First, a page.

USC Health Officials offers flu clinics to students, faculty and staff
One of the early signs of the flu often starts off as a common cold.
Nurse, Mary Hannah explains the importance of getting vaccinated on college campuses.
By: Sierra Bryson
USC health officials are encouraging people to get vaccinated with flu season being right around the corner. They are offering flu vaccine clinics targeting USC students, faculty and staff around the campus.
Infectious Disease doctor Matthew Crist says it is really important for young people to get the vaccine.
"Getting vaccinated not only protects them, but protects others that they may come in contact with," says Crist.
Many people worry that the flu vaccine may actually give them the virus. However, the purpose of the shot is to protect them.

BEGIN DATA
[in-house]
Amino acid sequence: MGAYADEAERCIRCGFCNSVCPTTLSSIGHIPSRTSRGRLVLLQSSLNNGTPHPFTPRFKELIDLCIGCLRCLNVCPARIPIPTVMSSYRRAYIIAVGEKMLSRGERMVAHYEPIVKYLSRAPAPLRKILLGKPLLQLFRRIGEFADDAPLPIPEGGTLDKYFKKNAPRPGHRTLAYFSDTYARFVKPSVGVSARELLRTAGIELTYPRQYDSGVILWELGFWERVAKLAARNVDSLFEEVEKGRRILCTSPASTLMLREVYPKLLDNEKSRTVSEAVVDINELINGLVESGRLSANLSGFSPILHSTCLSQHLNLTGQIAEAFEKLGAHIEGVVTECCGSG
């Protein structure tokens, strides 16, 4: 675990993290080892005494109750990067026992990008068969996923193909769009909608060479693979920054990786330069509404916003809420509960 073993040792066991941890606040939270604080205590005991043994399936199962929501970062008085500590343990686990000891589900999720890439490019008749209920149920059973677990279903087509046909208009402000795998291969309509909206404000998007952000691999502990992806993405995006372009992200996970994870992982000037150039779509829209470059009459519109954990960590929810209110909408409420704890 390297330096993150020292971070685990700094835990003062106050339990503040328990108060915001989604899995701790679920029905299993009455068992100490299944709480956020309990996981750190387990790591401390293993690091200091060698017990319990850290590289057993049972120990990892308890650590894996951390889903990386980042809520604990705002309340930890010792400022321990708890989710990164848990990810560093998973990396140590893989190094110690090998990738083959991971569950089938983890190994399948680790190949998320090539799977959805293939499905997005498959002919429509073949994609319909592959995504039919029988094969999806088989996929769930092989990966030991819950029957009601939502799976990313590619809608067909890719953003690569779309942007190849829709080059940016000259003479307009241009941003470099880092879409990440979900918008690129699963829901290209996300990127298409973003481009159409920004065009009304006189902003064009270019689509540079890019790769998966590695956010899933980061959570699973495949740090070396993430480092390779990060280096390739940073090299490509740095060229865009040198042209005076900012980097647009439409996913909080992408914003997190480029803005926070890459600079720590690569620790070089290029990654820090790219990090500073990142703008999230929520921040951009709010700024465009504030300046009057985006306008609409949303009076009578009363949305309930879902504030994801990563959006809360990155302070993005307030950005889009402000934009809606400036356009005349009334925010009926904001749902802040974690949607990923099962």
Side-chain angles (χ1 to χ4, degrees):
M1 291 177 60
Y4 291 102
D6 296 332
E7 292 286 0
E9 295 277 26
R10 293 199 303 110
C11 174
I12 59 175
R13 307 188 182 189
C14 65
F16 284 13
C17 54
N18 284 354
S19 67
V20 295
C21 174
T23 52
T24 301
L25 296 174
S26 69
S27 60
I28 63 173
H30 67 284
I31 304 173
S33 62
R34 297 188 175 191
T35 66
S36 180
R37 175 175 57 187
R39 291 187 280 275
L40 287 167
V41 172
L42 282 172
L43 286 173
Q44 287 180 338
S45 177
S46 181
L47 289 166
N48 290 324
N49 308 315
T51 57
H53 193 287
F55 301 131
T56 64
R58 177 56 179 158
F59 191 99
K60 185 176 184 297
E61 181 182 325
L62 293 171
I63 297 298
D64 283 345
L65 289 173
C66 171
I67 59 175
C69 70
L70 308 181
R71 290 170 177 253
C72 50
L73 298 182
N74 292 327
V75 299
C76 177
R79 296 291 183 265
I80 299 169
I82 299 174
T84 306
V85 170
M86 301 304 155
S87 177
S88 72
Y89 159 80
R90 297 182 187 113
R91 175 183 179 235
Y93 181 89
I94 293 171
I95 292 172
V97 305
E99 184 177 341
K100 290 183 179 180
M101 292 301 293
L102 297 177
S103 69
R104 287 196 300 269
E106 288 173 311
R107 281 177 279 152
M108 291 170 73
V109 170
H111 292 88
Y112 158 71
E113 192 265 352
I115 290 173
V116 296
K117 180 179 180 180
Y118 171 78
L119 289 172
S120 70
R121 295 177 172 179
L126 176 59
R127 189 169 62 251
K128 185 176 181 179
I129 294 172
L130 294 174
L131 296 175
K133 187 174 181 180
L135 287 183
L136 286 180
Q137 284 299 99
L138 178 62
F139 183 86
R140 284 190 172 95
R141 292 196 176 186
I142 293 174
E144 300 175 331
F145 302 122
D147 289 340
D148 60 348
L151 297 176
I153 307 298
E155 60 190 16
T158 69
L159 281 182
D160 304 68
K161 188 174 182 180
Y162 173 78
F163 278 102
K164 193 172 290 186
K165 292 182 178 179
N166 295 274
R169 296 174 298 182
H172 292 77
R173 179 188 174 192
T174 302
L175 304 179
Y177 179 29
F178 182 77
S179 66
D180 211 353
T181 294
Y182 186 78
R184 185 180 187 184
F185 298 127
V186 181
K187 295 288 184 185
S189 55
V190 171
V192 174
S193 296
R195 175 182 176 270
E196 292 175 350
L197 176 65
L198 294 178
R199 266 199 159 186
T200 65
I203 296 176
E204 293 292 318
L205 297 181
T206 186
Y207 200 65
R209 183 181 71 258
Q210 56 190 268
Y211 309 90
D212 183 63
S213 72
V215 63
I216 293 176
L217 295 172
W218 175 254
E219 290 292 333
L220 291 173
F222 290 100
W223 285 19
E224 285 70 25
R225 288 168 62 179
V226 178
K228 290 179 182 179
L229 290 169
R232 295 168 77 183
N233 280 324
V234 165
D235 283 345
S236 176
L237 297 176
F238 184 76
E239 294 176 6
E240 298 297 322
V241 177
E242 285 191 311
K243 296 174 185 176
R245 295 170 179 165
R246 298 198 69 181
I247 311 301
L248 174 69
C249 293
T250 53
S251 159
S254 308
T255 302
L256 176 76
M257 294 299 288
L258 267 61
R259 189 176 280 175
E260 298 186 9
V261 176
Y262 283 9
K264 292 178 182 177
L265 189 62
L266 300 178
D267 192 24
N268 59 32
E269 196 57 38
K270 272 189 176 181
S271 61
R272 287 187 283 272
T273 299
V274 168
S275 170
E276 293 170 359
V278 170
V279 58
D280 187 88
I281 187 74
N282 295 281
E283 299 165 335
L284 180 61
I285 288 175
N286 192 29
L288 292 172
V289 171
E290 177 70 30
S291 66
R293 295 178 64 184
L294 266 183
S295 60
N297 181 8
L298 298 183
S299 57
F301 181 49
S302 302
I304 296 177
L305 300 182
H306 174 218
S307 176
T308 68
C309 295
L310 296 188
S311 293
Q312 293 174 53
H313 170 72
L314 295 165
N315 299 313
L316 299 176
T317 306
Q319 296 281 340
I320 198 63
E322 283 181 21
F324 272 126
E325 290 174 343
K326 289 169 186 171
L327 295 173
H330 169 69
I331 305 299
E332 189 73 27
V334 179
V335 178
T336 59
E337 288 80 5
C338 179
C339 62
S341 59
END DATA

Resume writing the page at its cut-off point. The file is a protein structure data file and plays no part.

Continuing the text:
"Because your body is ramping up an immune response, in case it actually sees the virus. It may cause you to have some mild symptoms like a low grade fever," says Crist.
Head nurse, Mary Hannah, at the Thomson Student Health Center says there could be some side effects with the shot.
"The most common side effect is that your arm will be sore. We put it in the deltoid muscle, and it's irritating. So that day and night your arm might be pretty sore," says Mary.
So far this school year, USC's campus has reported fewer than 10 cases of the virus. Thomas Student Health is strongly encouraging all students, faculty and staff to get vaccinated.